OPED: When and why the world went wrong
What exactly has gone wrong, and when and why? The open, democratic world order based on egalitarian rights and the rule of law — liberalism, for lack of a better term — is under increasing pressure. The signs, serious and less so, are everywhere.
The trend has now hit so many nations that the explanation has to be global. Social media are frequently cited as a driving force, but I would like to consider an alternative or perhaps complementary possibility for the breakdown of liberalism: As World War II and the Cold War recede in our collective memory, people in the West are simply becoming less cooperative.
Think back to the years during and after World War II. Western leaders created an unprecedented array of multilateral institutions, including NATO, the World Bank, the IMF, the Bretton Woods system, the United Nations, and what later became the World Trade Organization. These institutions found widespread levels of support both at home and abroad, and they persisted.
After the end of the war, there was a general (and correct) sense that international cooperation had been crucial to the Allies’ victory, and that it would be necessary moving forward. World War II affected the lives of so many people, in most Western countries, that this feeling was deep and widespread. Furthermore, the ideas of the “populist right,” which in some ways resembled the now-discredited views of the Axis powers, were not very appealing.
And then the Cold War came, giving these basic cooperative instincts a second lease on life. The Soviet Union and China seemed like dangerous nations with malevolent intentions, and their rise strengthened the cooperative tendencies of the West all the more. In the mid-1970s, “America First” would have seemed like a crazy strategy, and the U.K. was joining what is now called the European Union rather than leaving it. Meanwhile, utterly demonizing one’s domestic political opponents was considered bad form; the real villains were abroad, and some measure of bipartisanship was needed to beat them.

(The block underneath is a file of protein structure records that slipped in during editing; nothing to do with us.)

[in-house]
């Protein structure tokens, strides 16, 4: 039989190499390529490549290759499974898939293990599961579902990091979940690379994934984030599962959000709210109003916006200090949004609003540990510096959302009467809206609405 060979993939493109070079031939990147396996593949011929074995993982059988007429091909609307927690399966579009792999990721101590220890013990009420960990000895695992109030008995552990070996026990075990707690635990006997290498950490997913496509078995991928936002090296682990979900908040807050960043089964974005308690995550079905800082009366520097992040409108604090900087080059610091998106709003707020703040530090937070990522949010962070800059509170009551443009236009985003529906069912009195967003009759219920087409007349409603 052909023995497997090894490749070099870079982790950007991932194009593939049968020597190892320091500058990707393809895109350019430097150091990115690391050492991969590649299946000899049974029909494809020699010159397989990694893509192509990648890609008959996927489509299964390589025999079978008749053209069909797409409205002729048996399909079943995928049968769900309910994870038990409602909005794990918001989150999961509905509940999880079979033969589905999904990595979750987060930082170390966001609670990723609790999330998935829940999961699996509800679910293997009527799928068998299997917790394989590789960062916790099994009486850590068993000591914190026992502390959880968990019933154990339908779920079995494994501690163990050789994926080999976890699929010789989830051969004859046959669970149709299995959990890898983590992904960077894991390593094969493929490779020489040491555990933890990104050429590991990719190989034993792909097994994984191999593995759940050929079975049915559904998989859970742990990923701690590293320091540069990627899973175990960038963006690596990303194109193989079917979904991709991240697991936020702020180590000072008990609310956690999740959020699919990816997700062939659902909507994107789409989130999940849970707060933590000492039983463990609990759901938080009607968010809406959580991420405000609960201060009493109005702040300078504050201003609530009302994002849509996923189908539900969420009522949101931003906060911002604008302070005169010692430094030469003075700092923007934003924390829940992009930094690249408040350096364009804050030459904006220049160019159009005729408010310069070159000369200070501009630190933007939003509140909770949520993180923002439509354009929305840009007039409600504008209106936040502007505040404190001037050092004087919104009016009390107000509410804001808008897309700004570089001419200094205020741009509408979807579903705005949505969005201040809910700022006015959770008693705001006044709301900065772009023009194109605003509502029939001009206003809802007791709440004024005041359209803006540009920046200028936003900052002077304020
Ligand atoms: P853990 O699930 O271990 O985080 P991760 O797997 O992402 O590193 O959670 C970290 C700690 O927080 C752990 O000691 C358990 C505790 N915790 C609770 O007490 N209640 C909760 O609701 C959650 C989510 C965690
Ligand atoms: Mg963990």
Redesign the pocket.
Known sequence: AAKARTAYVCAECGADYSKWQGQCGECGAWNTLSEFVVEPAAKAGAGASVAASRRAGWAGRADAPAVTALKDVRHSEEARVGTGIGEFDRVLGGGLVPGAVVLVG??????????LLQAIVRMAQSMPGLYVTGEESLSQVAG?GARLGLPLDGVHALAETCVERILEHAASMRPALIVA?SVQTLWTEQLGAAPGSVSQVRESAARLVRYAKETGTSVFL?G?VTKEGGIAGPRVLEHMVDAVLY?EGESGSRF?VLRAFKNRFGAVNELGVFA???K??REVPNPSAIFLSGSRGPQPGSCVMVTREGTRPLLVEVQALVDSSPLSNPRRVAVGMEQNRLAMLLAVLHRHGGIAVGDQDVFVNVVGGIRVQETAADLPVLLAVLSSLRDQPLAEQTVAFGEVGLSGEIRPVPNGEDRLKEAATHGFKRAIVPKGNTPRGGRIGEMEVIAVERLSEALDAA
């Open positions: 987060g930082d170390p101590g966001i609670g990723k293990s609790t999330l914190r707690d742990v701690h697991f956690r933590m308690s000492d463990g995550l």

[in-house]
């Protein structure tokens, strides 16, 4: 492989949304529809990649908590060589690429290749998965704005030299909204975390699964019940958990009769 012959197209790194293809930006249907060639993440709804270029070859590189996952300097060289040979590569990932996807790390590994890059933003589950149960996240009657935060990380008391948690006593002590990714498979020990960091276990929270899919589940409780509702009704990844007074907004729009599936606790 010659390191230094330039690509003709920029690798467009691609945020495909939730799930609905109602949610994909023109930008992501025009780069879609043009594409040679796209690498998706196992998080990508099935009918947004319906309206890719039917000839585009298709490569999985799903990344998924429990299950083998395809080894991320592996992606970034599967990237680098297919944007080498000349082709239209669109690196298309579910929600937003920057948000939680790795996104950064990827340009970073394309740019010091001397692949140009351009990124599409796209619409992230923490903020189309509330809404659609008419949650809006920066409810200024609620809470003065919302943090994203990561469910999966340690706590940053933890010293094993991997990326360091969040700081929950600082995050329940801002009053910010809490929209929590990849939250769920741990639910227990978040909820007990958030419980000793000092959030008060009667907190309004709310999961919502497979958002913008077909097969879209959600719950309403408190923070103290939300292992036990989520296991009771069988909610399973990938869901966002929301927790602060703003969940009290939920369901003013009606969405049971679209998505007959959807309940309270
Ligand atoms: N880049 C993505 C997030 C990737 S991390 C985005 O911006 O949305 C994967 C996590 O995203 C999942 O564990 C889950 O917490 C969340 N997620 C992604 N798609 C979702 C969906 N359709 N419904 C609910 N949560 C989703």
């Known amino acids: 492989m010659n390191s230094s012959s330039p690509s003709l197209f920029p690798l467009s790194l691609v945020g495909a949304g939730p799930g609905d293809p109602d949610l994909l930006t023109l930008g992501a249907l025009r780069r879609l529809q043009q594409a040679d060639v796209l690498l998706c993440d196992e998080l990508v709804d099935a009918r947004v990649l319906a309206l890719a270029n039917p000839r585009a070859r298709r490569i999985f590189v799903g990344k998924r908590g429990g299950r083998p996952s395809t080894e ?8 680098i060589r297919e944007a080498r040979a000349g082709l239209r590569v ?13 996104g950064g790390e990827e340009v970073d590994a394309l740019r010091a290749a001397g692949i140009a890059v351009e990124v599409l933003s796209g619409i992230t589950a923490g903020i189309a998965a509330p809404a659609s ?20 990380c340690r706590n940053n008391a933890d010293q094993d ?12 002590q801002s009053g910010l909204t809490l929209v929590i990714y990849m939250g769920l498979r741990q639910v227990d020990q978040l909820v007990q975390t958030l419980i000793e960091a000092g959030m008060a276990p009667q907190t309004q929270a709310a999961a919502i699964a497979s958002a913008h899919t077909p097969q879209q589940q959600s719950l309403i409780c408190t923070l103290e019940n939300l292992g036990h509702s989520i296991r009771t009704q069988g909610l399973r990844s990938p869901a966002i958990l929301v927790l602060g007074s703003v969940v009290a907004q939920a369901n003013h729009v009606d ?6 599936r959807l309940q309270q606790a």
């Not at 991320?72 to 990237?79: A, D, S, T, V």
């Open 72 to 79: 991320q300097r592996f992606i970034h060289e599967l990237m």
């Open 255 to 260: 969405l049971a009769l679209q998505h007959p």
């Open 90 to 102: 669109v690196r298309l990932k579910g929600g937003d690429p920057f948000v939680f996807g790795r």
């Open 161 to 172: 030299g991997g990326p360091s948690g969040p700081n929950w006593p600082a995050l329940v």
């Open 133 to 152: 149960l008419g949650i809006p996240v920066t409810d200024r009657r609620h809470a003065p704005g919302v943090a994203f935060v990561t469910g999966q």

In due time, however, as those who led and fought World War II died and the threat of communism faded, so has the notion of an external enemy. There is no external “ism” — such as communism or fascism — against which liberalism can so readily be defined. China remains a geopolitical issue, but is not seen as a direct threat aside from some parts of Asia and the Pacific.
In other words, it could be that the fractious and increasingly nationalistic politics of today are how things naturally are – and the anomaly is this decades-long period of cooperation and harmony.
This is not exactly reassuring. But if you look at the partisan, controversy-laden, personality-intense, and often stupid American politics of much of the 19th century, it seems plausible. Without the presence of strong external enemies, cooperation breaks down.
There is another explanation for the rise in anti-liberal sentiment: immigration. Through a series of historical accidents, it was kept off the table as a major issue for many decades. The U.S. had choked off immigration in 1920, and at first the liberalization of the 1960s did not have much of a visible impact on the American population. In those early decades after the Immigration and Naturalization Act of 1965, many poor nations were so poor and unfree that it wasn’t easy to leave them.
As for Europe, in-migration was too small to make much of a political impact. For a while in the 1960s and 1970s, the bigger story was emigration, due to high taxes, from countries such as the U.K. and Sweden. The presence of the Iron Curtain also blocked some of the routes and sources that enable some migration to Western Europe today.
In a democratic society where there simply isn’t much immigration, it is much harder for nationalists and populists to use it as an issue. But today much of the West has seen high immigration for 20 years or more, giving nationalist and populist forces a major talking point. Even if most of the population is broadly pro-immigration, perhaps a core of 15 to 20 percent will not be. With that base, a movement of counterreaction can have real political impact.
The implication of all this? It’s as clear as it is depressing: Nationalism and populism aren’t going away anytime soon.
— Tyler Cowen is a Bloomberg Opinion columnist. He is a professor of economics at George Mason University and writes for the blog Marginal Revolution. His books include “The Complacent Class: The Self-Defeating Quest for the American Dream.”